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Safety investigators want more technology to prevent close calls on runways

A FedEx Boeing 767 cargo plane similar to this one, seen here in Fort Lauderdale, Fla., almost collided with a Southwest jet at the international airport in Austin, Texas, last year. Safety investigators say an air traffic controller's mistake was to blame and that critical safety technology might have prevented the incident.
Wilfredo Lee
/
AP
A FedEx Boeing 767 cargo plane similar to this one, seen here in Fort Lauderdale, Fla., almost collided with a Southwest jet at the international airport in Austin, Texas, last year. Safety investigators say an air traffic controller's mistake was to blame and that critical safety technology might have prevented the incident.

WASHINGTON — An air traffic controller’s mistake led to a near collision between two jets on a foggy runway in Austin, Texas, last year, the National Transportation Safety Board said Thursday.

Investigators also called for critical safety technology and additional training, which they say might have prevented the incident, as federal regulators grapple with a growing number of close calls on runways across the country including one last week at Ronald Reagan Washington National Airport.

There was dense fog and poor visibility at Austin-Bergstrom International Airport on the morning of Feb. 4, 2023, when an air traffic controller cleared two planes to use the runway at the same time. A FedEx cargo plane had permission to land, while a Southwest Airlines jet carrying 128 passengers and crew was also cleared for takeoff.

Investigators say the FedEx plane aborted its landing at the last moment when the first officer saw the left position light and silhouette of the Southwest plane on the runway, soaring back into the air while the Southwest jet proceeded with its takeoff.

At their closest, investigators say the two planes were 150 to 170 feet apart.

“This incident could have been catastrophic if not for the heroic actions of the FedEx crew,” NTSB Chair Jennifer Homendy said during the board meeting.

Investigators say the air traffic controller in Austin could not see the exact location of the Southwest jet on the taxiway and incorrectly assumed that the plane was ready to take off when he told the pilots they were clear to enter the runway.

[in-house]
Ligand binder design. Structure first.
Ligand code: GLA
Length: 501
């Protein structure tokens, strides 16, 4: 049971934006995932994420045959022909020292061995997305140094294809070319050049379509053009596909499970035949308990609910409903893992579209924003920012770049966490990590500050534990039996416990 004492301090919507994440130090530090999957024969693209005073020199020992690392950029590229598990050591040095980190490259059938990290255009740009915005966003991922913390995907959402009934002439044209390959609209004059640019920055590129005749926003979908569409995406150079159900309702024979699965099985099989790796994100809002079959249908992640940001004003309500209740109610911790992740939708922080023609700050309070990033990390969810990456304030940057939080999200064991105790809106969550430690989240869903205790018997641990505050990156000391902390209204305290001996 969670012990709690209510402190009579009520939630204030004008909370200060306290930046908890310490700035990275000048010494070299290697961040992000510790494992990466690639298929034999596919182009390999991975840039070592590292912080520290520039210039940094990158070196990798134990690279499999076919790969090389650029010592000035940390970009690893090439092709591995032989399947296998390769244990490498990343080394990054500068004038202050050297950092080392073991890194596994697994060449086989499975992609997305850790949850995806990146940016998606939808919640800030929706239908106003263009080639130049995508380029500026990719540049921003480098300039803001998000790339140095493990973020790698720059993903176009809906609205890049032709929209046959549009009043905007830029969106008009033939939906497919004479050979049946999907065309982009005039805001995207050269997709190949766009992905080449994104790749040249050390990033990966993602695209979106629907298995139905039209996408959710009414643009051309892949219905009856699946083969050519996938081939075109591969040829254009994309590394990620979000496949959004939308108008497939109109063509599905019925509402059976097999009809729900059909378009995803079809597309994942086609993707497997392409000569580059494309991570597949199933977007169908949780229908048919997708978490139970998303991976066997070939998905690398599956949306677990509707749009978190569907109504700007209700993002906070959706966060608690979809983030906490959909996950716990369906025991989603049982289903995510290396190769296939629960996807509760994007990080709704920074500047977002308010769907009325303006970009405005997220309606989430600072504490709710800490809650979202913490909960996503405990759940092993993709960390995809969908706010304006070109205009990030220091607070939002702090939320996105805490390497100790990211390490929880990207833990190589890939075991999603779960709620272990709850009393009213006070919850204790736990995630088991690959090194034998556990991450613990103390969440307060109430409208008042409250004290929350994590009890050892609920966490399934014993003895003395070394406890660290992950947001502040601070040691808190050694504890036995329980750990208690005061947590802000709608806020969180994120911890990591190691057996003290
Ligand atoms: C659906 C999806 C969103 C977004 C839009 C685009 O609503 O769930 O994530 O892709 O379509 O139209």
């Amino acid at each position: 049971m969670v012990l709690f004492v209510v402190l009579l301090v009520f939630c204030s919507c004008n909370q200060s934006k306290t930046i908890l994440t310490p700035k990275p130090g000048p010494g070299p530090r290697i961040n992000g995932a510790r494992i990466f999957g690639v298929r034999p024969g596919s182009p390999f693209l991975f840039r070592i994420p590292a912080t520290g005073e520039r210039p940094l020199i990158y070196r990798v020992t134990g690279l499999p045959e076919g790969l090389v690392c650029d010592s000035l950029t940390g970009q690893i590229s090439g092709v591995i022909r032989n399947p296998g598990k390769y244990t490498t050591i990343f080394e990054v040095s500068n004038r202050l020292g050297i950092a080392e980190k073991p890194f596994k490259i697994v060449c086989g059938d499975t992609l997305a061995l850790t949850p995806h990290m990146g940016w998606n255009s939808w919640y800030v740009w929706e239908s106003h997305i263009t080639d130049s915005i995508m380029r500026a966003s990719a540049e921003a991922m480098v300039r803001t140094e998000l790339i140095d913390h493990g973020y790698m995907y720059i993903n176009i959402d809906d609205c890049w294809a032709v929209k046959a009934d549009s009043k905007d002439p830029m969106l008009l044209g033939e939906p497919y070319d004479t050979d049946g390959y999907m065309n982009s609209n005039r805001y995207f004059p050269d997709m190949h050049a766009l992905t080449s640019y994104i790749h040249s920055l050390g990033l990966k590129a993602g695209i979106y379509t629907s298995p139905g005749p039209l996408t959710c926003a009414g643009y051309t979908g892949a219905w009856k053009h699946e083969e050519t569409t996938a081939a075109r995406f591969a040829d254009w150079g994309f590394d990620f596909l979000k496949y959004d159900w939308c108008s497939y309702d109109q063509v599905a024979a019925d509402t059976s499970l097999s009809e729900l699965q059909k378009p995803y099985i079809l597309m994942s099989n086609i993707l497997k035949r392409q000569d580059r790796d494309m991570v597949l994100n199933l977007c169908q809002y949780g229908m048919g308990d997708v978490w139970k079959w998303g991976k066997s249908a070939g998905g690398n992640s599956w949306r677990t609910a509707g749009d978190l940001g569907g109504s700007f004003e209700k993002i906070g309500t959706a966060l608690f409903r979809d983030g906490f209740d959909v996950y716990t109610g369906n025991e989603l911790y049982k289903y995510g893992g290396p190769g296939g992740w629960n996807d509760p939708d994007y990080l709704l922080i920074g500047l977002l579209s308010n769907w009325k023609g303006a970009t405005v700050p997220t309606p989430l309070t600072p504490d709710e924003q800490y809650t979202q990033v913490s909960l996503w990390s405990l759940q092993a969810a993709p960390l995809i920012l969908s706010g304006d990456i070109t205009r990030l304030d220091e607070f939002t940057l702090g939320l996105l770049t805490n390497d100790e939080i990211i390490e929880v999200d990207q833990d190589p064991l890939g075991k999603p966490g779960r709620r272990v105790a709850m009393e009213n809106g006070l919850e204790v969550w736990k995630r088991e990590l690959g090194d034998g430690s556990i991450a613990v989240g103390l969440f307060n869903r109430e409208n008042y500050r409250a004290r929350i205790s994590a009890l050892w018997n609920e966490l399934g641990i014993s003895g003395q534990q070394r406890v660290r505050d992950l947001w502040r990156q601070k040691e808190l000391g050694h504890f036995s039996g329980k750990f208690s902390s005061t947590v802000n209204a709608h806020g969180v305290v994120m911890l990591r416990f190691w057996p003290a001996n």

“We had two aircraft within 200 feet of each other, and that should not happen,” board member Michael Graham said.

“The system failed in this event,” Graham said. “If it was not for FedEx crew’s last-minute go-around, we might be having a different discussion today."

The first officer on the FedEx plane, Robert Bradeen Jr., was in the audience Thursday and received an ovation.

The NTSB previously told a Senate committee that a shortage of air traffic controllers is leading to fatigue and distraction. But investigators said Thursday that fatigue was not a factor in the Austin incident.

However, investigators did fault the Federal Aviation Administration for not requiring the Austin airport to have technology in place to detect the precise location of planes on the ground.

The NTSB said such technology might have prevented the incident. The controller told investigators that he couldn’t see the plane from the tower and was relying on the sound from its engines to know when it was preparing for takeoff.

The FAA announced recently that it would begin installing a surface detection system at some airports, including Austin, by the end of 2025. At least 35 major U.S. airports already have some form of technology designed to prevent runway incursions, according to the FAA.

But the NTSB says the deployment isn’t happening fast enough. Investigators are recommending that all major airports be equipped with a system that tracks the movement of aircraft, determines their proximity to each other, and provides air traffic controllers with visual and aural cues of their surface movements.

The U.S. has seen a growing number of close calls on runways across the country in recent years. There were 23 of the most serious runway incursions in 2023, according to FAA data, compared to 16 in 2022.

Homendy said there have been at least seven such incidents so far in 2024 and that the NTSB is currently investigating several more.

“The somber truth is, it only takes one. One missed warning, one incorrect response, even one missed opportunity to install lifesaving technology can lead to tragedy," Homendy said. “We are trending in the wrong direction."

Copyright 2024 NPR

Joel Rose is a correspondent on NPR's National Desk. He covers immigration and breaking news.